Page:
An organisation’s culture can be described in formal governance documents, but ultimately it is expressed in the actions and experiences of its employees, partners, suppliers and its customers. Culture is bound to considerations of what is right or wrong, and reframes compliance-oriented ‘can we?’ questions as ‘should we?’ questions – that is, questions regarding business ethics.
The importance of organisational culture
The management consultant and author Peter Trucker is credited with the well-known phrase, “Culture eats strategy for breakfast.”
Good culture is an invaluable asset to its organisation. Despite inherent complexity, culture is critical to shaping corporate governance frameworks and in driving sustainable performance. An organisation’s capacity to achieve its goals, brand and the reputation of the board and employees may all be severely damaged by public revelations of poor cultural practices.
Organisations with an appropriate and positive culture may be at lower risk of events leading from misconduct, but may also have higher customer satisfaction, improved morale and wellbeing among employees, better productivity and stronger performance against long-term strategic goals.
In the wake of the Royal Commission into Misconduct in the Banking, Superannuation and Financial Services Industry, Australian regulators such as the Australian Securities and Investments Commission (ASIC) and the Australian Prudential Regulation Authority (APRA) have spoken to the significance of good culture.
Types of organisational culture
No two organisations are exactly alike, and so culture comes in different styles. In The Leader’s Guide to Corporate Culture by Boris Groysberg, Jeremiah Lee, Jesse Price and J Yo-Jud Cheng (Harvard Business Review), a study of US companies, there are eight organisational culture types identified:
Despite examining only US companies, the study findings demonstrated an issue also apparent in Australian organisations. Employees across all sectors ranked the cultural characteristics of ‘results’ and ‘caring’ almost equally important.
Beyond these two elements, cultural values were ranked differently between sectors. Organisations will require different cultures to effectively achieve their goals.
The board’s role in corporate culture
The board plays an important part in shaping and exemplifying an organisation’s culture. As the Chinese proverb goes, the fish rots from the head. Directors and leadership must demonstrate the organisation’s values and set the tone for the rest of the organisation.
Director behaviour, such as the quality and character of their conversation, and the decisions they make in the boardroom (regarding strategic direction, risk appetite and remuneration, for example), affect how senior management and the CEO will carry out their roles.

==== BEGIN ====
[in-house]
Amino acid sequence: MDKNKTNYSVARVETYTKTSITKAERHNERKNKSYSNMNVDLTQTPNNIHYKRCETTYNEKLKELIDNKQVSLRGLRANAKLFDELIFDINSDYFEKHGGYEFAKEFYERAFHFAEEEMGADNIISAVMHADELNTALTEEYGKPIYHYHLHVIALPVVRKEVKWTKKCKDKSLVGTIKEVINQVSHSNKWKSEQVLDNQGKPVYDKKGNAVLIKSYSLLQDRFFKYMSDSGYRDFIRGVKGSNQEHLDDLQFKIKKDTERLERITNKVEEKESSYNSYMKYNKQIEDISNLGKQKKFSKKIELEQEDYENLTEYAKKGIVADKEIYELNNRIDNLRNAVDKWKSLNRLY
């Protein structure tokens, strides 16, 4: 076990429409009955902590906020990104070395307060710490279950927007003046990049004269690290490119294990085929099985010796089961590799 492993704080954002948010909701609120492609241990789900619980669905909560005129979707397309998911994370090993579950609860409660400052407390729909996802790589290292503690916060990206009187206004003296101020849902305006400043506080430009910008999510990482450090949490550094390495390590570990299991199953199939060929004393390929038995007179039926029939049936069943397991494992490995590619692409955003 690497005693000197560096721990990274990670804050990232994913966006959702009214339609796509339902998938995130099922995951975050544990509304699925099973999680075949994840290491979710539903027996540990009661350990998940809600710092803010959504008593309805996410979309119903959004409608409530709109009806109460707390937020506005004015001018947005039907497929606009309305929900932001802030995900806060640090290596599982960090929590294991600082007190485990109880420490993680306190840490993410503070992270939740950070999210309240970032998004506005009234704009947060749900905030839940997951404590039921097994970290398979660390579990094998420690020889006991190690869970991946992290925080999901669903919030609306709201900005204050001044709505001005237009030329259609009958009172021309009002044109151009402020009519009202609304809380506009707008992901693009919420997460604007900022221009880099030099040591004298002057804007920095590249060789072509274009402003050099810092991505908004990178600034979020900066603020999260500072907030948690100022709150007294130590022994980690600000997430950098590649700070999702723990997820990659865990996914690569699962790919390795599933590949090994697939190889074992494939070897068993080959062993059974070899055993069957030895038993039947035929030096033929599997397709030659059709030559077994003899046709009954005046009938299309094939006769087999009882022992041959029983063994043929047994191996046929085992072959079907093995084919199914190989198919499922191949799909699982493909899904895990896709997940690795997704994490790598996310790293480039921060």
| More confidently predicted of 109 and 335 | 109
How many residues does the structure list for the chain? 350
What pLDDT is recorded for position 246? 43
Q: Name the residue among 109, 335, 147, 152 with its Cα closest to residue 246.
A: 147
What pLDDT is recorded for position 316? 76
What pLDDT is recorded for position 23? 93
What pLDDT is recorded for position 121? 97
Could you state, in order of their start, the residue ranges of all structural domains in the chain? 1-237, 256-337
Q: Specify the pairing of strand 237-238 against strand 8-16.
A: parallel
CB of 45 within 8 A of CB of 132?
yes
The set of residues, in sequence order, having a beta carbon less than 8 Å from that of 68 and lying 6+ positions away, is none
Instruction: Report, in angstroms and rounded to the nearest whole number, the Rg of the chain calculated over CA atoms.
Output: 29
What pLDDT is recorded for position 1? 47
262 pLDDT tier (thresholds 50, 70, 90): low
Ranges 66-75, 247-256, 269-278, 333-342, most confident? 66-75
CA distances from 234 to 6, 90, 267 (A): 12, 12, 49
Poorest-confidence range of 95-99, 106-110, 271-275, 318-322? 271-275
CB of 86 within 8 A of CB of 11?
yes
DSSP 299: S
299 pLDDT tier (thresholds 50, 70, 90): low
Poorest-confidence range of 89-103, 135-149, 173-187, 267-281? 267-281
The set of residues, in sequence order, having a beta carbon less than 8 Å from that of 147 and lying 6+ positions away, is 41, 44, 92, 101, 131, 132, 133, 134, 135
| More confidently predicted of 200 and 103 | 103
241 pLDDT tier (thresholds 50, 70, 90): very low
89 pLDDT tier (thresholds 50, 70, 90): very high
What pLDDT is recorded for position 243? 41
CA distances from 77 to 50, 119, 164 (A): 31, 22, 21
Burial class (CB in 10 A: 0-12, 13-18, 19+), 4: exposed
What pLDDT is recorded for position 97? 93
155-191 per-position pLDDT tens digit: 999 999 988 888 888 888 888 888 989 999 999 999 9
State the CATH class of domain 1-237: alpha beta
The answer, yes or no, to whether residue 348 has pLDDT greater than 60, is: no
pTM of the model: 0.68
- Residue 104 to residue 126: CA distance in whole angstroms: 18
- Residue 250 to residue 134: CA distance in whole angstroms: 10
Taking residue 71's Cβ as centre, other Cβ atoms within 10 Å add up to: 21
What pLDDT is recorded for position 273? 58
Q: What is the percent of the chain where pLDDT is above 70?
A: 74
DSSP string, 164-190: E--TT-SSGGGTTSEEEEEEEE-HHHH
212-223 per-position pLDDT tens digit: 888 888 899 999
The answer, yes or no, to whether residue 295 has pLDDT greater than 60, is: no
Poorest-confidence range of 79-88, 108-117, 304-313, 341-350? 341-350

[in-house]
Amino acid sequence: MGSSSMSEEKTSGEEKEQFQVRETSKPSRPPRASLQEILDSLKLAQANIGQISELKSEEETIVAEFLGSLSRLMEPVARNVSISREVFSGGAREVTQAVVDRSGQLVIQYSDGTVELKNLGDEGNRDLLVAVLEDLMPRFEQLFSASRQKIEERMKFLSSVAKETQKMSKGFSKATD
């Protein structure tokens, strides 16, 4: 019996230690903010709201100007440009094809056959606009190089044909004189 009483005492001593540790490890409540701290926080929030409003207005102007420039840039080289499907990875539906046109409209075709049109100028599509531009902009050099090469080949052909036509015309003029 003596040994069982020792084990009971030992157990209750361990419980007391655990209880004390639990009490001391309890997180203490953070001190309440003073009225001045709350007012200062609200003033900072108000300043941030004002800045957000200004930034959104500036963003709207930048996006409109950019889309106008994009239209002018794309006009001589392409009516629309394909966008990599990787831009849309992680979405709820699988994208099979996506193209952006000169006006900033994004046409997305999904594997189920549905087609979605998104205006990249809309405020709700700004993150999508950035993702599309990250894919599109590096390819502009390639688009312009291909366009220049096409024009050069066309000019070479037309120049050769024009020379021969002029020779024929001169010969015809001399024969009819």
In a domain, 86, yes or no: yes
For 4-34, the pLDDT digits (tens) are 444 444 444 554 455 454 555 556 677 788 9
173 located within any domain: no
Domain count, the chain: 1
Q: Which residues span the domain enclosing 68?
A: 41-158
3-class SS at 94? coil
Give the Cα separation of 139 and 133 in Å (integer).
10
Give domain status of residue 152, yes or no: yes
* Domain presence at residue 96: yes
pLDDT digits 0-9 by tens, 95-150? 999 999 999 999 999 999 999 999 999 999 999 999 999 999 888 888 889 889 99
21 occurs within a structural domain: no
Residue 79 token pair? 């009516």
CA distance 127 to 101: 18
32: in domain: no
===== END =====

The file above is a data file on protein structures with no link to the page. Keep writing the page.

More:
In their roles as stewards of an organisation, a board’s directors must take steps to regularly assess and understand the corporate culture, and to work with senior management to create change where needed and make the most of relevant opportunities. Directors must seek to ensure that an organisation’s true culture is in alignment with the culture that is approved by the board.
To effectively oversee culture, a board should consider its own functions in three areas:
Is the board setting a clear direction for its culture and expectations around behaviour and decision making? Both formal and informal behaviours must be examined, as together they show the true picture of an organisation’s culture.
Are these expectations reinforced in the organisation’s policies, systems and procedures, and are they aligned with its strategic goals?
How is the board ensuring that those expectations are met? What tests are in place? Are both reported metrics (formal measurements) and observed behaviour (informal measurements) telling the same story? Inconsistencies between these two might reveal contention between the cultural attributes desired by the board and informal rules of the workplace.
Holding the CEO accountable is a vital part of the board’s role in governing organisational culture. Ensuring the values of the organisation are shared by the candidates is important during recruitment and succession planning processes.
Assessing organisational culture
There are many different formal and informal means of assessing culture that are at a board’s disposal – staff surveys, net promotor scores, recruitment and retention measures, among others.
An holistic approach to assessing culture helps create a sharper image of a culture, its suitability to the business, its alignment with current strategy, and to surface red flags. Directors cannot rely solely on formal data measurements to form cultural insights, nor delegate all responsibility to management. The board and management must together discuss the framework that will best allow for an appropriate oversight of culture and for constructive challenging of management.
The board’s trust in the CEO and other management roles should also be tested by first-hand experience among employees and consumers. Taking time to ‘walk the floor’ allows directors to understand, evaluate, compare and influence their organisation’s formal and informal systems of culture.
The tools used by the board to make decisions in the boardroom and how they interact with the organisation are key to its ability to assess and craft formal culture systems and policies. In contrast, the board’s influence and understanding of its informal culture systems are reliant on directors’ behaviour outside as well as inside the boardroom.
For more on governing organisational culture, explore some of our online resources below.